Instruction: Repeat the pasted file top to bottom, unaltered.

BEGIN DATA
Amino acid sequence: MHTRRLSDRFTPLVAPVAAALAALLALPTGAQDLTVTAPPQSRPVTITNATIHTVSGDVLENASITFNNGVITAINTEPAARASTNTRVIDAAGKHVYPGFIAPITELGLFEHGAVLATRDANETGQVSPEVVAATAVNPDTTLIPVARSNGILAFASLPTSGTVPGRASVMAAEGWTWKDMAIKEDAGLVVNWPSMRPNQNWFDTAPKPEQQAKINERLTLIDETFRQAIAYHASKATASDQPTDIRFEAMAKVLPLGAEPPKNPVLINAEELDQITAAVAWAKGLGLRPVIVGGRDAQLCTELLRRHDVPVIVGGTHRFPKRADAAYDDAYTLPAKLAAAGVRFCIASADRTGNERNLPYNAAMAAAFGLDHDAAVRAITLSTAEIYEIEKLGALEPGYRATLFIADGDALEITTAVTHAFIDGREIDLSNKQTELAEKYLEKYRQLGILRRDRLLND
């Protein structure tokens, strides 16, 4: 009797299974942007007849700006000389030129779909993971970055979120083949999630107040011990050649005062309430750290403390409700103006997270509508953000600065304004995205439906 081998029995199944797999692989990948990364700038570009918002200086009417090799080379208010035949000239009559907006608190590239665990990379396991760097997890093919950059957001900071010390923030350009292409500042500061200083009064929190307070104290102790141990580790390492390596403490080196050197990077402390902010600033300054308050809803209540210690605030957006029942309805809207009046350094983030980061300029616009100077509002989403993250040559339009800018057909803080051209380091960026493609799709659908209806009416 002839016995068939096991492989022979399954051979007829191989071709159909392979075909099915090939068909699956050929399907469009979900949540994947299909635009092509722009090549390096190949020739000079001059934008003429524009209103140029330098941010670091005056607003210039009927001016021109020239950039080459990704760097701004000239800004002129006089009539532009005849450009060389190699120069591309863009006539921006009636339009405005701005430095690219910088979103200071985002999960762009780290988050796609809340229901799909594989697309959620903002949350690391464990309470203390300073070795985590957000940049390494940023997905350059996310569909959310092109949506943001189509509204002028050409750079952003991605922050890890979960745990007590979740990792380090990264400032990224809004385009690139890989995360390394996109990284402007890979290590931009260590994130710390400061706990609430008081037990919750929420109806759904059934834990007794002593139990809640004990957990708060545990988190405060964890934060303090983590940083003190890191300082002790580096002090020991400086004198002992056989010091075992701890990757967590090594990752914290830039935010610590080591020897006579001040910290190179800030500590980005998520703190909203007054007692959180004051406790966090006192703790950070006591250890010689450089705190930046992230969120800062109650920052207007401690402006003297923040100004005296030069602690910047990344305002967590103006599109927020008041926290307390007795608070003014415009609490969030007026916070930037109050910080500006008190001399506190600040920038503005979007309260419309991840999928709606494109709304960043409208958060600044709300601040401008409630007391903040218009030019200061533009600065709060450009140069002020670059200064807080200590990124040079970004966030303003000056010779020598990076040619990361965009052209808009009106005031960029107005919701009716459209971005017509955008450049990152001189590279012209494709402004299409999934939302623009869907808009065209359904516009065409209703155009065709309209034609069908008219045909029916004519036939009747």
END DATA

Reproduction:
Amino acid sequence: MHTRRLSDRFTPLVAPVAAALAALLALPTGAQDLTVTAPPQSRPVTITNATIHTVSGDVLENASITFNNGVITAINTEPAARASTNTRVIDAAGKHVYPGFIAPITELGLFEHGAVLATRDANETGQVSPEVVAATAVNPDTTLIPVARSNGILAFASLPTSGTVPGRASVMAAEGWTWKDMAIKEDAGLVVNWPSMRPNQNWFDTAPKPEQQAKINERLTLIDETFRQAIAYHASKATASDQPTDIRFEAMAKVLPLGAEPPKNPVLINAEELDQITAAVAWAKGLGLRPVIVGGRDAQLCTELLRRHDVPVIVGGTHRFPKRADAAYDDAYTLPAKLAAAGVRFCIASADRTGNERNLPYNAAMAAAFGLDHDAAVRAITLSTAEIYEIEKLGALEPGYRATLFIADGDALEITTAVTHAFIDGREIDLSNKQTELAEKYLEKYRQLGILRRDRLLND
């Protein structure tokens, strides 16, 4: 009797299974942007007849700006000389030129779909993971970055979120083949999630107040011990050649005062309430750290403390409700103006997270509508953000600065304004995205439906 081998029995199944797999692989990948990364700038570009918002200086009417090799080379208010035949000239009559907006608190590239665990990379396991760097997890093919950059957001900071010390923030350009292409500042500061200083009064929190307070104290102790141990580790390492390596403490080196050197990077402390902010600033300054308050809803209540210690605030957006029942309805809207009046350094983030980061300029616009100077509002989403993250040559339009800018057909803080051209380091960026493609799709659908209806009416 002839016995068939096991492989022979399954051979007829191989071709159909392979075909099915090939068909699956050929399907469009979900949540994947299909635009092509722009090549390096190949020739000079001059934008003429524009209103140029330098941010670091005056607003210039009927001016021109020239950039080459990704760097701004000239800004002129006089009539532009005849450009060389190699120069591309863009006539921006009636339009405005701005430095690219910088979103200071985002999960762009780290988050796609809340229901799909594989697309959620903002949350690391464990309470203390300073070795985590957000940049390494940023997905350059996310569909959310092109949506943001189509509204002028050409750079952003991605922050890890979960745990007590979740990792380090990264400032990224809004385009690139890989995360390394996109990284402007890979290590931009260590994130710390400061706990609430008081037990919750929420109806759904059934834990007794002593139990809640004990957990708060545990988190405060964890934060303090983590940083003190890191300082002790580096002090020991400086004198002992056989010091075992701890990757967590090594990752914290830039935010610590080591020897006579001040910290190179800030500590980005998520703190909203007054007692959180004051406790966090006192703790950070006591250890010689450089705190930046992230969120800062109650920052207007401690402006003297923040100004005296030069602690910047990344305002967590103006599109927020008041926290307390007795608070003014415009609490969030007026916070930037109050910080500006008190001399506190600040920038503005979007309260419309991840999928709606494109709304960043409208958060600044709300601040401008409630007391903040218009030019200061533009600065709060450009140069002020670059200064807080200590990124040079970004966030303003000056010779020598990076040619990361965009052209808009009106005031960029107005919701009716459209971005017509955008450049990152001189590279012209494709402004299409999934939302623009869907808009065209359904516009065409209703155009065709309209034609069908008219045909029916004519036939009747």